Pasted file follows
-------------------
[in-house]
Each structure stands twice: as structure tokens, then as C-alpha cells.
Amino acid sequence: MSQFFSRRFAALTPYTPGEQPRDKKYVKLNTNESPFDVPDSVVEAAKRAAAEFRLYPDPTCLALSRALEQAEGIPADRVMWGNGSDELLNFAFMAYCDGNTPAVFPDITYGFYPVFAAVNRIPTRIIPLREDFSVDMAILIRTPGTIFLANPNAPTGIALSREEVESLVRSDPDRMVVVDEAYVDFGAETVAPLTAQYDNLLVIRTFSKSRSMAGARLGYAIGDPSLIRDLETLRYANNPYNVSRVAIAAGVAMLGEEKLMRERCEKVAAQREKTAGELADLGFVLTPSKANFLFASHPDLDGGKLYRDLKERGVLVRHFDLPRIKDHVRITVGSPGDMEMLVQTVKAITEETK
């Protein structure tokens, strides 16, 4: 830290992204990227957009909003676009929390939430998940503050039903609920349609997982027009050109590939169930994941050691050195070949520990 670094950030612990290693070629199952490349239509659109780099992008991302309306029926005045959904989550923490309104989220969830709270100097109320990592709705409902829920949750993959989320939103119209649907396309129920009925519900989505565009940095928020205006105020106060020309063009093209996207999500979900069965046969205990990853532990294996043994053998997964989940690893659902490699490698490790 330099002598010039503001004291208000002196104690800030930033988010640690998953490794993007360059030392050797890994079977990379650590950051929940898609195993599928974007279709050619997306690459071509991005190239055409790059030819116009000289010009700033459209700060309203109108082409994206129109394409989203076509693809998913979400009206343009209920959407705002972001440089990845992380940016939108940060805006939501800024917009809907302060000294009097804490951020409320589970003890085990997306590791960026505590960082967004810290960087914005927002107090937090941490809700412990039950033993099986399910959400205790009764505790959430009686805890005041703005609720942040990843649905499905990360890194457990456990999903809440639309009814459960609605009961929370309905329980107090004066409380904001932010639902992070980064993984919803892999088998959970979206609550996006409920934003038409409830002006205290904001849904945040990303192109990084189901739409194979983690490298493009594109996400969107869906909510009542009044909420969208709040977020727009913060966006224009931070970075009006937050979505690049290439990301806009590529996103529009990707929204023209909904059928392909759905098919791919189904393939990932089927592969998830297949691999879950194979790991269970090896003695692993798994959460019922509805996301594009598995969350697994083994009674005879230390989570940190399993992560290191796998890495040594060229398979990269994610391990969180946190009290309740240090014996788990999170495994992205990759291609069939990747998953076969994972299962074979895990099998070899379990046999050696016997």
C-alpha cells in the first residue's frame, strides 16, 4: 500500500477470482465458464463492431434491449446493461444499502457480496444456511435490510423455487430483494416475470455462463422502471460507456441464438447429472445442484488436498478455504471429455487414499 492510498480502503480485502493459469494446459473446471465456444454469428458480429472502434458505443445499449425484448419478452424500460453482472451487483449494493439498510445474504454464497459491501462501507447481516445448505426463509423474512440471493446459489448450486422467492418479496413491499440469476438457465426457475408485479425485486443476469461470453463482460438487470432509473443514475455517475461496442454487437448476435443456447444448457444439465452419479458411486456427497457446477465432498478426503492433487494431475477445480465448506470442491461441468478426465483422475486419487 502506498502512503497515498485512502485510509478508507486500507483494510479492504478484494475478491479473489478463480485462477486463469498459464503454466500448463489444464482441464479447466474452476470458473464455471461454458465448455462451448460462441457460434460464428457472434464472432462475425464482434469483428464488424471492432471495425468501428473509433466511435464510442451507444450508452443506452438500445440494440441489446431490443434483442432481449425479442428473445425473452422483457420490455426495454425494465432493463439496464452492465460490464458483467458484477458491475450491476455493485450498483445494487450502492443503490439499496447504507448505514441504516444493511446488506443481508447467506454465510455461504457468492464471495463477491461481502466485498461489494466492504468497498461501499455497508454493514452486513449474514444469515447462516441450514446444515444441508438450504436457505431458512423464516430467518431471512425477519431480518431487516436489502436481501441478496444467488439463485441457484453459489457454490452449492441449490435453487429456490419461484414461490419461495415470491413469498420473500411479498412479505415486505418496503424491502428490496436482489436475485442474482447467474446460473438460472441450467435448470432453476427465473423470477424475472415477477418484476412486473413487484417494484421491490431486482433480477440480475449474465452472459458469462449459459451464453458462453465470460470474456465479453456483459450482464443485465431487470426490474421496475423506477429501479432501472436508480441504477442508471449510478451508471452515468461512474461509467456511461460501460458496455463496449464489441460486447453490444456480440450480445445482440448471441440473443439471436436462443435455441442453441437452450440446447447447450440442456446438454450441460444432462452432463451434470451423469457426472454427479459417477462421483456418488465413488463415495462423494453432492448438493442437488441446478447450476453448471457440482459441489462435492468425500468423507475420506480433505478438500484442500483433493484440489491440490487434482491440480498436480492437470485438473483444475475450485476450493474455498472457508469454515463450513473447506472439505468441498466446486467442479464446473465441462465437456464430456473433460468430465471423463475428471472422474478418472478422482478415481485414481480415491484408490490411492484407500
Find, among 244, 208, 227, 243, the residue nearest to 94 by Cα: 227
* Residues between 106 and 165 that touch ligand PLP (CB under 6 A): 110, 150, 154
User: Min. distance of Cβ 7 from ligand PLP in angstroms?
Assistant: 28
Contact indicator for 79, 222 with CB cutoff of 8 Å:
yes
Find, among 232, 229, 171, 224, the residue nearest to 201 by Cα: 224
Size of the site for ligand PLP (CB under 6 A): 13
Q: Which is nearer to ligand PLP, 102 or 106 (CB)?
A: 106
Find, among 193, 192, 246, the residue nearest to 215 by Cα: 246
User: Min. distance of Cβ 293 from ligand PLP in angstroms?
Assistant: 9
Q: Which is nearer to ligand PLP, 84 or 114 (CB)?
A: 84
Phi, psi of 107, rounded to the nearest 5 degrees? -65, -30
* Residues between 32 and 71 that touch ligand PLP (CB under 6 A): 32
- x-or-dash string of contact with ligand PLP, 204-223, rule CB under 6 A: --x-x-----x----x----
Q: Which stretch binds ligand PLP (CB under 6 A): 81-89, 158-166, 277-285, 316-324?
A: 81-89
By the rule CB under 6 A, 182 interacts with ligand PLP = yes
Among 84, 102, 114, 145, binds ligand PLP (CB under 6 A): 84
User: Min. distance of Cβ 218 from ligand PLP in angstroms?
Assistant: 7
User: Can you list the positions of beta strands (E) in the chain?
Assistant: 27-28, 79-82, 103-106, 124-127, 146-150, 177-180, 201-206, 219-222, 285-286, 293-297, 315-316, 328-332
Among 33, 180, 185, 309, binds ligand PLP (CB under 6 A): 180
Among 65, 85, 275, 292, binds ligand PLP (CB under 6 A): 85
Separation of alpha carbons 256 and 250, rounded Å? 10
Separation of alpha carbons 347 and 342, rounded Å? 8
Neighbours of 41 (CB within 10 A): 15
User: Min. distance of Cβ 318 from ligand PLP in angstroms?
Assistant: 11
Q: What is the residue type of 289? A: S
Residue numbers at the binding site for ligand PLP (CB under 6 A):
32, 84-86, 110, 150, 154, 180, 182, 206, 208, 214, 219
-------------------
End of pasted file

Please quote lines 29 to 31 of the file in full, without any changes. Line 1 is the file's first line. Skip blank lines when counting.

Assistant: 7
User: Can you list the positions of beta strands (E) in the chain?
Assistant: 27-28, 79-82, 103-106, 124-127, 146-150, 177-180, 201-206, 219-222, 285-286, 293-297, 315-316, 328-332